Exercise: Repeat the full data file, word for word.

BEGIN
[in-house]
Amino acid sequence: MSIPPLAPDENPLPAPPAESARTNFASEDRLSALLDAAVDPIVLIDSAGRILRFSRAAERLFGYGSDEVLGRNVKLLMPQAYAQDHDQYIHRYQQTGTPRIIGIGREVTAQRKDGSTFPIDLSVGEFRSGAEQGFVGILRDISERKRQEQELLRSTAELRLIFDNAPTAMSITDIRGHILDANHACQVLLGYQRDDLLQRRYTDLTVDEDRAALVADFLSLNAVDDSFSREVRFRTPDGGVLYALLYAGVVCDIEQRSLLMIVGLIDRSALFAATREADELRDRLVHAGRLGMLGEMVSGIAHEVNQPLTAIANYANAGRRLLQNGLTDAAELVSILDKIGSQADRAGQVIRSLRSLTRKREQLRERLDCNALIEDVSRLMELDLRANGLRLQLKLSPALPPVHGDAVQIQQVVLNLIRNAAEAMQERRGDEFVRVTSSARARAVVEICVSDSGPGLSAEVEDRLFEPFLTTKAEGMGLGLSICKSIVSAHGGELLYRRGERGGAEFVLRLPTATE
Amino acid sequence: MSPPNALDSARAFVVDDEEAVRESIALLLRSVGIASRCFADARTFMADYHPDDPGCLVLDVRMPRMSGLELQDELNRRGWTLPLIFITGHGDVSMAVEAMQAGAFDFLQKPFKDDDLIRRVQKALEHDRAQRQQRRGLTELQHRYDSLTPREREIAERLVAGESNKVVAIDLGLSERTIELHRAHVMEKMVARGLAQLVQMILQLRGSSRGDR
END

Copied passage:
[in-house]
Amino acid sequence: MSIPPLAPDENPLPAPPAESARTNFASEDRLSALLDAAVDPIVLIDSAGRILRFSRAAERLFGYGSDEVLGRNVKLLMPQAYAQDHDQYIHRYQQTGTPRIIGIGREVTAQRKDGSTFPIDLSVGEFRSGAEQGFVGILRDISERKRQEQELLRSTAELRLIFDNAPTAMSITDIRGHILDANHACQVLLGYQRDDLLQRRYTDLTVDEDRAALVADFLSLNAVDDSFSREVRFRTPDGGVLYALLYAGVVCDIEQRSLLMIVGLIDRSALFAATREADELRDRLVHAGRLGMLGEMVSGIAHEVNQPLTAIANYANAGRRLLQNGLTDAAELVSILDKIGSQADRAGQVIRSLRSLTRKREQLRERLDCNALIEDVSRLMELDLRANGLRLQLKLSPALPPVHGDAVQIQQVVLNLIRNAAEAMQERRGDEFVRVTSSARARAVVEICVSDSGPGLSAEVEDRLFEPFLTTKAEGMGLGLSICKSIVSAHGGELLYRRGERGGAEFVLRLPTATE
Amino acid sequence: MSPPNALDSARAFVVDDEEAVRESIALLLRSVGIASRCFADARTFMADYHPDDPGCLVLDVRMPRMSGLELQDELNRRGWTLPLIFITGHGDVSMAVEAMQAGAFDFLQKPFKDDDLIRRVQKALEHDRAQRQQRRGLTELQHRYDSLTPREREIAERLVAGESNKVVAIDLGLSERTIELHRAHVMEKMVARGLAQLVQMILQLRGSSRGDR